Papakolea Beach (Green Sand Beach)
GPS: 18.93605, -155.6465

Papakolea Beach (Green Sand Beach) is 1 of only 4 green sand beaches in the world, sitting at the edge of Puʻu Mahana, a cinder cone that erupted 50,000 years ago. The green sand here is a silicate deposit of Big Island lava called olivine. To get to Papakolea Beach, take the left fork where South Point Road splits until it ends. From here, it's a 30-minute hike to Papakolea Beach. You'll likely find locals offering 4WD rides for the last 30-min section ($15 round trip), and it's well worth the fee. Be wary of the strong currents at the beach. Be sure to bring plenty of water.

Mauna Kea Visitor Information Station
Mauna Kea Access Road
Hilo, HI 96720

(808) 961-2180

The journey to 4200m (14,000 feet) Mauna Kea delights with strange unearthly landscapes, amazing cloudscapes, breathtaking sunsets, and heavenly starscapes that will bring out the kid in all of us. Sitting atop Mauna Kea are the world's largest telescopes for optical, infrared, and submillimeter astronomy and while the observatories are are not open to the public, the Visitor Information Station (VIS) welcomes visitors with open arms. Learn about the fascinating work astronomers do here and stargaze at the heavens thru the many telescopes at the VIS.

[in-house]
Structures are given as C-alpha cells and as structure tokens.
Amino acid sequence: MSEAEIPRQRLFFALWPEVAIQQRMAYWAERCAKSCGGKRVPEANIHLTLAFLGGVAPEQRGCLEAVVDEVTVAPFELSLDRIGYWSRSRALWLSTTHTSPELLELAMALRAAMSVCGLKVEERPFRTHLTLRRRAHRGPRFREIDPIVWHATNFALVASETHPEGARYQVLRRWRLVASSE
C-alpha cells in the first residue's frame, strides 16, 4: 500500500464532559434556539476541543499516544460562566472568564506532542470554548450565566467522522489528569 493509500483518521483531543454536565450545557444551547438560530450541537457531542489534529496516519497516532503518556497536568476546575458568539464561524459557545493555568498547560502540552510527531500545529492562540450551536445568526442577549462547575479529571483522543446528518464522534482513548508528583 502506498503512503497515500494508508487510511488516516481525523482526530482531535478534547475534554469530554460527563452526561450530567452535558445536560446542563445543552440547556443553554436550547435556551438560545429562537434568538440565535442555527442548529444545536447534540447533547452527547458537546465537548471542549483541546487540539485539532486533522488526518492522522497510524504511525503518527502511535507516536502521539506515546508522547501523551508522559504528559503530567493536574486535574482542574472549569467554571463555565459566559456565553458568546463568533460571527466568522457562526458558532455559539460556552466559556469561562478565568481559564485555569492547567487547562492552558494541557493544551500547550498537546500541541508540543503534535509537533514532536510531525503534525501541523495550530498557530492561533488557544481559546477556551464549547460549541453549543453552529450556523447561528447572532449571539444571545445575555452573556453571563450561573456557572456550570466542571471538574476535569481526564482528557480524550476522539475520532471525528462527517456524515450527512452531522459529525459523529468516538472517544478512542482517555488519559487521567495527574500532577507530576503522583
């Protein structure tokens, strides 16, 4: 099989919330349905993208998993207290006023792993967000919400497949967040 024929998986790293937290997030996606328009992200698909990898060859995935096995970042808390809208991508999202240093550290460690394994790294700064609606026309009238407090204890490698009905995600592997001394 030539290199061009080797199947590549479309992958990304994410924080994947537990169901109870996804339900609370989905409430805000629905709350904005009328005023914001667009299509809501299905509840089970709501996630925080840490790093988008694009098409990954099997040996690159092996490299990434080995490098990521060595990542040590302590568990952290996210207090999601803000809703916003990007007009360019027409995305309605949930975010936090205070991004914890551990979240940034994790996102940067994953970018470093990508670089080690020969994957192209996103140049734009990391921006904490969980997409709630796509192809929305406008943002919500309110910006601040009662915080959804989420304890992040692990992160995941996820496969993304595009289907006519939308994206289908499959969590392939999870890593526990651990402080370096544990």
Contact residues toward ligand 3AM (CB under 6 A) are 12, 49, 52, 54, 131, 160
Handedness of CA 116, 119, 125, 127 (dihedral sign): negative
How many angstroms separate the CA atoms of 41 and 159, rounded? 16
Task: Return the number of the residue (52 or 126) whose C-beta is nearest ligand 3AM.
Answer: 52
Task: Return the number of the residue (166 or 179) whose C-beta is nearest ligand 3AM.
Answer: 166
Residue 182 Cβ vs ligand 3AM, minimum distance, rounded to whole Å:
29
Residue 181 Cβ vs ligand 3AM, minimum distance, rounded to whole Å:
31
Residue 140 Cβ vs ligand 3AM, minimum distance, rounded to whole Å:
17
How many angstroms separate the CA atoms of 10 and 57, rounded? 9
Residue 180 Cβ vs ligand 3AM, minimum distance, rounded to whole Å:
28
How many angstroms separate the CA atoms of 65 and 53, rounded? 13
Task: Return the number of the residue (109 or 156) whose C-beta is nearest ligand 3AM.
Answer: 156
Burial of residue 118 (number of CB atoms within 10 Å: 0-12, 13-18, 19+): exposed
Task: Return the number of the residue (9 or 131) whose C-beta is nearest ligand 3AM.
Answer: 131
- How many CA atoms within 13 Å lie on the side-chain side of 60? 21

Be prepared for the very cold weather here. If you plan on visiting the summit, be aware you will need a 4WD vehicle past the VIS. Be sure to check the Mauna Kea summit road conditions before heading out. Due to the huge elevation change (14,000 feet) in coming from Kona/Hilo, altitude sickness is a real possibility so be cognizant and acclimatize at the VIS before heading up to the summit.

Kīlauea Visitor Center
1 Crater Rim Drive
Volcano, HI 96785

(808) 985-6000

Hawaiʻi Volcanoes National Park is a fascinating world of active volcanism, biological diversity, and Hawaiian culture, past and present. Be sure to explore the summit of Kīlauea volcano via Crater Rim Drive; an 11-mile road that encircles the summit caldera, passes through desert, lush tropical rain forest, traverses the caldera floor, and provides access to well-marked scenic stops and short walks.

Lava flows, eruptions, and conditions are constantly changing at Volcano. As of November 2017, there are two active eruptions. The first vent at Halema'uma'u Crater is easily viewed from the Jaggar Museum overlook. The second eruption is the Pu'u 'Ō'ō vent located 10 miles east of the summit, on the remote east rift zone of Kīlauea. While this area is not accessible to the public, lava from here (episode 61g lava flow) is flowing into the ocean at Kamokuna. Check the official Volcano National Park website for the latest updates.